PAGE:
I stayed at the Hotel Hay Essalam near Spanish Plaza. It is located on Avenue Hassan II, a pedestrian walkway. There are several outdoor cafes at which to sit and sip coffee and watch the people walk past. I enjoyed walking through the plaza in the morning to the café Balcón Atlantico for breakfast and a view of the ocean.
Another stop down the coast is Essaouira, also known by its ancient name of Mogador. It is famous for its multiple shades of blue: blue skies, deep blue sea, blue trawlers and sardine boats loaded with their catch of the day, tiny blue boats huddled against each other, blue shutters and doors on bright white walls. The Phoenicians established a production facility here for indigo dye, and the color is known as royal blue and Mogador blue.  
Ideally situated with regard to the trade winds of the North Atlantic, the Barbary pirates who operated out of Mogador prospered by feasting on the triangular trade between Europe, Africa and the Americas 17th – 19th century. Also, goods and slaves from the sub-Saharan Africa through the caravan trade passed through Marrakech, and Mogador was the main port for that ancient imperial city.
The Essaouira fishing port is still very much in operation, and it is interesting to walk down to watch the colorful activity. The boats range from small dories up through large commercial trawlers, and depending on the time and tide you can watch them sailing out to sea and returning and unloading the harvest of the ocean. Keep an eye on the seagulls, and they will show you where men are gutting fish. The cats know where that is happening, too. Afterwards, you may want to stop at one of the nearby restaurant stands and have them grill some fresh fish for you.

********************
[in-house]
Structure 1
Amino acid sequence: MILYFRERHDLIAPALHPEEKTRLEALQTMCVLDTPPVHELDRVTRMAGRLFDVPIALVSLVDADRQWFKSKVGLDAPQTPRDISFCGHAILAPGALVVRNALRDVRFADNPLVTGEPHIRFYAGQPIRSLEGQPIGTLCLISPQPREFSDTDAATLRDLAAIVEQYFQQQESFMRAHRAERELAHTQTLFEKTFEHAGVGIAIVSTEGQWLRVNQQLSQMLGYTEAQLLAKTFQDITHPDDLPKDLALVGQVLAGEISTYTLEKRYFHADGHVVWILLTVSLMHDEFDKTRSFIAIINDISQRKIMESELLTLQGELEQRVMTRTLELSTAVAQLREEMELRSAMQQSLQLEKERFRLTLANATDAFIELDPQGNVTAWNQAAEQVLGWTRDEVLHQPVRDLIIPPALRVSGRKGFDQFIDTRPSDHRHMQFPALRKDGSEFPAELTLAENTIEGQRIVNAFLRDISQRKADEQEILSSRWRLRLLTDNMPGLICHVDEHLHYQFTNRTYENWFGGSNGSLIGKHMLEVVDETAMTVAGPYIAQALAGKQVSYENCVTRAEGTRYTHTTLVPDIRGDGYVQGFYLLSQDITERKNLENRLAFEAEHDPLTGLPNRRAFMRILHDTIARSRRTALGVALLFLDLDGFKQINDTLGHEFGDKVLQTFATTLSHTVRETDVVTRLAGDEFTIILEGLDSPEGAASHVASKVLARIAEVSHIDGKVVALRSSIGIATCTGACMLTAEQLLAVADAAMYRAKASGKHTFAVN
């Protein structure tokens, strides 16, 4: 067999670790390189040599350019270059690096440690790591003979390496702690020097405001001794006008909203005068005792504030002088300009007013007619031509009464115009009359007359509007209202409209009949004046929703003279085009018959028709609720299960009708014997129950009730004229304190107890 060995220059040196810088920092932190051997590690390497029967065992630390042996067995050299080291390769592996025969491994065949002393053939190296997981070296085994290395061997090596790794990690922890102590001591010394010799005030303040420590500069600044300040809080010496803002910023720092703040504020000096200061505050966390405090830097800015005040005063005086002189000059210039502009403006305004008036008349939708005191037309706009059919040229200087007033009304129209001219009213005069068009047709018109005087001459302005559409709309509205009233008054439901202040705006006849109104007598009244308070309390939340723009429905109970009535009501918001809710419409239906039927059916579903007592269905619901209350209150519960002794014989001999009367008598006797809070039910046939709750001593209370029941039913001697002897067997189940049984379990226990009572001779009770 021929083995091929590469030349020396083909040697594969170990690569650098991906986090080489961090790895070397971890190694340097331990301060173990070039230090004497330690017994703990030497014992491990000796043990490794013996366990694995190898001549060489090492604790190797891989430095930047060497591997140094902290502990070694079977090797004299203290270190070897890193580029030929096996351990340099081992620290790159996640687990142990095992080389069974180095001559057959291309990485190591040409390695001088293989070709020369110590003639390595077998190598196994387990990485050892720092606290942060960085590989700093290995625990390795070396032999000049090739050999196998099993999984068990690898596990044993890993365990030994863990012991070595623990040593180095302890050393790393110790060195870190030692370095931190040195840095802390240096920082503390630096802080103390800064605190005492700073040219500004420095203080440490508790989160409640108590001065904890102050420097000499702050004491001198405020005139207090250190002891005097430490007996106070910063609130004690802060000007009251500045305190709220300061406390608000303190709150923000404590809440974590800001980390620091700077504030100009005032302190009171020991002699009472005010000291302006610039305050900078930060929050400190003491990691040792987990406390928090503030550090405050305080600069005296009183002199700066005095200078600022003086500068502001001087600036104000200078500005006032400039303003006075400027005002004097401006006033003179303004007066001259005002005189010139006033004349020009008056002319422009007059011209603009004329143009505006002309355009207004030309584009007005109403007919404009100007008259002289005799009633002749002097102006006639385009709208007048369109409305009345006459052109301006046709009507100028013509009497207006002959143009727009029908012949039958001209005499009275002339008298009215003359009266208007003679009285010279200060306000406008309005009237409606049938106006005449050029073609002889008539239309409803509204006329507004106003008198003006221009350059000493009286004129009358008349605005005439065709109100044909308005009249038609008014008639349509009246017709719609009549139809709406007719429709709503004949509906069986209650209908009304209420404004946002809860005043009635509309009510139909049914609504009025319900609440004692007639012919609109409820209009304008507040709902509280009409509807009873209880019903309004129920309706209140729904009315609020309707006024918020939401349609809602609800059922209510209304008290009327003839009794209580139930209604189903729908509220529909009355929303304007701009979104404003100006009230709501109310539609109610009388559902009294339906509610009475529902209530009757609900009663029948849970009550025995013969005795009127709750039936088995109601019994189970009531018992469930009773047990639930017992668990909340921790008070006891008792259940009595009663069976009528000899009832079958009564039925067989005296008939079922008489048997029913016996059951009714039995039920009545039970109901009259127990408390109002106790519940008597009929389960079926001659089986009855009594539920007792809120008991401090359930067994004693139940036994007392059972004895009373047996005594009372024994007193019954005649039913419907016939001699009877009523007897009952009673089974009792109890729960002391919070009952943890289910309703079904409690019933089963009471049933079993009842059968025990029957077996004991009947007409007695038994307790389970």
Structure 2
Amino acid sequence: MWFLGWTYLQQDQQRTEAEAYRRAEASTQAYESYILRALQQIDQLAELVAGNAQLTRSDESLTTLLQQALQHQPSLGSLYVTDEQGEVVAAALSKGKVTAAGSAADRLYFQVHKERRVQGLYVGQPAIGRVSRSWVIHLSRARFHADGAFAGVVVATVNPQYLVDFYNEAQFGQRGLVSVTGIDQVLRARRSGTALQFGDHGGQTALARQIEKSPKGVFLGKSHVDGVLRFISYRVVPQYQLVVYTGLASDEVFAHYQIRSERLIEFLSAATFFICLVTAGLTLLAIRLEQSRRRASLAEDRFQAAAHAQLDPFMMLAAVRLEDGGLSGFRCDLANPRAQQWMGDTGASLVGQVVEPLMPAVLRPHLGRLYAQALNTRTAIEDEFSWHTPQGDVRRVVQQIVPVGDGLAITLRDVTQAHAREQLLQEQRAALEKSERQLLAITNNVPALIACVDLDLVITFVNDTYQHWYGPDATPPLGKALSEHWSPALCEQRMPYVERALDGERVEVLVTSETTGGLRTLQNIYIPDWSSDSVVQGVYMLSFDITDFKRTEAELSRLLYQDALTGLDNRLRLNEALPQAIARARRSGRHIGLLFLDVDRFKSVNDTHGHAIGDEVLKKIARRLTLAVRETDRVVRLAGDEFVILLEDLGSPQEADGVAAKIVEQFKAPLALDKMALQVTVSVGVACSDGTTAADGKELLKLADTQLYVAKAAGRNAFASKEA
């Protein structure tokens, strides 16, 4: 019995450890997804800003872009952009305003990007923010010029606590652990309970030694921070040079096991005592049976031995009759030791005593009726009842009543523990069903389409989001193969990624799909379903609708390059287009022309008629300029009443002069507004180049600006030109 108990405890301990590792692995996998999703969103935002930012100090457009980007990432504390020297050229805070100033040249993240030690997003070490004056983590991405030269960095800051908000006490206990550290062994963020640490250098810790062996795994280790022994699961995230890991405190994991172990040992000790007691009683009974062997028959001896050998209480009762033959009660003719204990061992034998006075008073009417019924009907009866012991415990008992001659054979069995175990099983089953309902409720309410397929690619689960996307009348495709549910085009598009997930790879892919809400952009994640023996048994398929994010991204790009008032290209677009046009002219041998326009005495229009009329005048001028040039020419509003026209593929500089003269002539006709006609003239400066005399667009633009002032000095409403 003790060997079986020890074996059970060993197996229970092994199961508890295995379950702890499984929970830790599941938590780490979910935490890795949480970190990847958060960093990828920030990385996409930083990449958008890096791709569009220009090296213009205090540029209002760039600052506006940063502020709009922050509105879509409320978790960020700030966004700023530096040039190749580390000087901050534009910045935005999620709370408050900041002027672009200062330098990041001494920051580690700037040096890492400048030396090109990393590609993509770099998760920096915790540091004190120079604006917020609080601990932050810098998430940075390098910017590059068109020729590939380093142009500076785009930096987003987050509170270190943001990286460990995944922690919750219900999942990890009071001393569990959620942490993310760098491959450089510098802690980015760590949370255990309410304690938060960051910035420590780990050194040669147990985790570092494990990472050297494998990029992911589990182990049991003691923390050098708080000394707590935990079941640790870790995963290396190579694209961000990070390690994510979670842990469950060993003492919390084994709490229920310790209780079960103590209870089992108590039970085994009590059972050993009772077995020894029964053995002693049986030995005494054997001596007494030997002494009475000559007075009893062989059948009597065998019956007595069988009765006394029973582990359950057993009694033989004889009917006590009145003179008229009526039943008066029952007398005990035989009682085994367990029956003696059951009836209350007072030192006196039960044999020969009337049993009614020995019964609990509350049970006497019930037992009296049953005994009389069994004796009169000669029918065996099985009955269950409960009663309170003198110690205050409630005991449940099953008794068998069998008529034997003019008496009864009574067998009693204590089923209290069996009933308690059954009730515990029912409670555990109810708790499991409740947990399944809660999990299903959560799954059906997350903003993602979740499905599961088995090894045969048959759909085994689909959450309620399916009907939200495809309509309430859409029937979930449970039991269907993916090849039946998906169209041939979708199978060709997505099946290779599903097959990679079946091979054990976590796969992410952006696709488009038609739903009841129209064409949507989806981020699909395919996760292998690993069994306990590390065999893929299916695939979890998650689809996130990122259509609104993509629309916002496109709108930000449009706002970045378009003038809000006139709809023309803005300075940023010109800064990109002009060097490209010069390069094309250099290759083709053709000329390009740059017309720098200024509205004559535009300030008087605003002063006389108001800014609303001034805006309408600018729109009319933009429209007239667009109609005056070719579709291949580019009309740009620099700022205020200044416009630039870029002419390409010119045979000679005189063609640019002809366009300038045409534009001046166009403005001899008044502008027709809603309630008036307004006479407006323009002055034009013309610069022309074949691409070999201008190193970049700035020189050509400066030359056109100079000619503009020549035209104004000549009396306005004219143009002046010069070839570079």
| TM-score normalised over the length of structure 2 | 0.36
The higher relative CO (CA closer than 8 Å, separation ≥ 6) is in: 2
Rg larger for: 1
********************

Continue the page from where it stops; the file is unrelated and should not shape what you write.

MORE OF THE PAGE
I stayed in Atlantic Hostel, a friendly location in the walled medina. Our host Yassine was a wonderful chef, and on most of the evenings I was there, he cooked an excellent dinner for everyone for a reasonable fixed price. In addition to the food, I enjoyed the conviviality and the chance to meet fellow travelers from around the world.
In recent years, Essaouira has become very popular as a windsurfing and kitesurfing destination. From the beach you can see on the hills to the south the Essaouira/Tarfayer Wind Farm, which produces 65,000 kW of electricity. This is one of four large wind farms in the country. With almost 94 percent of its energy requirements being imported, Morocco has for some years now been implementing various renewable energy programs such as solar power, wind energy and hydroelectricity.
Editor’s Note: Since retiring from Los Alamos County in September 2013, David Griggs has been traveling the world. He is a foreign correspondent for the Los Alamos Daily Post, submitting stories and photographs of his travels for publication.
Remains of a garum fish sauce factory at the Roman town of Lixus. Photo by Suzanna Clarke
Ruins of the ancient site of Lixus, overlooking the River Loukos. Photo by Radoslaw Botev